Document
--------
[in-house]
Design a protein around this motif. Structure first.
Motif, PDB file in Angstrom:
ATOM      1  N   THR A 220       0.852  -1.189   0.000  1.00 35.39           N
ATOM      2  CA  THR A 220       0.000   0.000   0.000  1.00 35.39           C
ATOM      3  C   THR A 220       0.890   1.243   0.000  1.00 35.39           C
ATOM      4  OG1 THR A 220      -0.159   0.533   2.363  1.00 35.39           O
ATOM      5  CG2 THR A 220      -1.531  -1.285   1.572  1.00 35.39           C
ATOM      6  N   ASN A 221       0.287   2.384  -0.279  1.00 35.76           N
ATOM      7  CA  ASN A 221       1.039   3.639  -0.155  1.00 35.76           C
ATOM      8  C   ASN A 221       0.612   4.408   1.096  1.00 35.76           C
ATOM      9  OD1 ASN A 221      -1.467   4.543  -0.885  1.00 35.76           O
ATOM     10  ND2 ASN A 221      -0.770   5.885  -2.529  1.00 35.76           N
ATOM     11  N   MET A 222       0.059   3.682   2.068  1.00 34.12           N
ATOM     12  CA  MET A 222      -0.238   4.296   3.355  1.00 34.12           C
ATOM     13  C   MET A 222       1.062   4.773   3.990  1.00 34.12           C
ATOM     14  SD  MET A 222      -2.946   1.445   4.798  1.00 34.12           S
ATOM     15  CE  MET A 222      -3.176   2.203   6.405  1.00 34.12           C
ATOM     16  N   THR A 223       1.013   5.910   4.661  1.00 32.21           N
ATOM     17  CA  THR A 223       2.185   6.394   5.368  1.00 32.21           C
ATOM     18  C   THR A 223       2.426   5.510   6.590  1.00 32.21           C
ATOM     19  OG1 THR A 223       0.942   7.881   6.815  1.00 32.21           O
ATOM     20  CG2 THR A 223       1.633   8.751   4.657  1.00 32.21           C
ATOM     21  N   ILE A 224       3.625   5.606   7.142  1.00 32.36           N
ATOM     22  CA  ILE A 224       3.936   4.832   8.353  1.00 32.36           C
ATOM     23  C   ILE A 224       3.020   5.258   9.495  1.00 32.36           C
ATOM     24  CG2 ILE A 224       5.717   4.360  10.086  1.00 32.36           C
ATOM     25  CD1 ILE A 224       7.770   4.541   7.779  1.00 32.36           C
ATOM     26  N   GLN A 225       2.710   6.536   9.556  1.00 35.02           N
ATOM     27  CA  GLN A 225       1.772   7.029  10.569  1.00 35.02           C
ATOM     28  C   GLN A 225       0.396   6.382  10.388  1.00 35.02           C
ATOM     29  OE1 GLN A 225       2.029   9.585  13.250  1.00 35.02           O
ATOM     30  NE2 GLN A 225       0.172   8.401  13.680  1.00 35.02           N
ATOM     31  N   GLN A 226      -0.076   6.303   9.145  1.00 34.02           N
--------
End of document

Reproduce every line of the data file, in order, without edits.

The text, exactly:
[in-house]
Design a protein around this motif. Structure first.
Motif, PDB file in Angstrom:
ATOM      1  N   THR A 220       0.852  -1.189   0.000  1.00 35.39           N
ATOM      2  CA  THR A 220       0.000   0.000   0.000  1.00 35.39           C
ATOM      3  C   THR A 220       0.890   1.243   0.000  1.00 35.39           C
ATOM      4  OG1 THR A 220      -0.159   0.533   2.363  1.00 35.39           O
ATOM      5  CG2 THR A 220      -1.531  -1.285   1.572  1.00 35.39           C
ATOM      6  N   ASN A 221       0.287   2.384  -0.279  1.00 35.76           N
ATOM      7  CA  ASN A 221       1.039   3.639  -0.155  1.00 35.76           C
ATOM      8  C   ASN A 221       0.612   4.408   1.096  1.00 35.76           C
ATOM      9  OD1 ASN A 221      -1.467   4.543  -0.885  1.00 35.76           O
ATOM     10  ND2 ASN A 221      -0.770   5.885  -2.529  1.00 35.76           N
ATOM     11  N   MET A 222       0.059   3.682   2.068  1.00 34.12           N
ATOM     12  CA  MET A 222      -0.238   4.296   3.355  1.00 34.12           C
ATOM     13  C   MET A 222       1.062   4.773   3.990  1.00 34.12           C
ATOM     14  SD  MET A 222      -2.946   1.445   4.798  1.00 34.12           S
ATOM     15  CE  MET A 222      -3.176   2.203   6.405  1.00 34.12           C
ATOM     16  N   THR A 223       1.013   5.910   4.661  1.00 32.21           N
ATOM     17  CA  THR A 223       2.185   6.394   5.368  1.00 32.21           C
ATOM     18  C   THR A 223       2.426   5.510   6.590  1.00 32.21           C
ATOM     19  OG1 THR A 223       0.942   7.881   6.815  1.00 32.21           O
ATOM     20  CG2 THR A 223       1.633   8.751   4.657  1.00 32.21           C
ATOM     21  N   ILE A 224       3.625   5.606   7.142  1.00 32.36           N
ATOM     22  CA  ILE A 224       3.936   4.832   8.353  1.00 32.36           C
ATOM     23  C   ILE A 224       3.020   5.258   9.495  1.00 32.36           C
ATOM     24  CG2 ILE A 224       5.717   4.360  10.086  1.00 32.36           C
ATOM     25  CD1 ILE A 224       7.770   4.541   7.779  1.00 32.36           C
ATOM     26  N   GLN A 225       2.710   6.536   9.556  1.00 35.02           N
ATOM     27  CA  GLN A 225       1.772   7.029  10.569  1.00 35.02           C
ATOM     28  C   GLN A 225       0.396   6.382  10.388  1.00 35.02           C
ATOM     29  OE1 GLN A 225       2.029   9.585  13.250  1.00 35.02           O
ATOM     30  NE2 GLN A 225       0.172   8.401  13.680  1.00 35.02           N
ATOM     31  N   GLN A 226      -0.076   6.303   9.145  1.00 34.02           N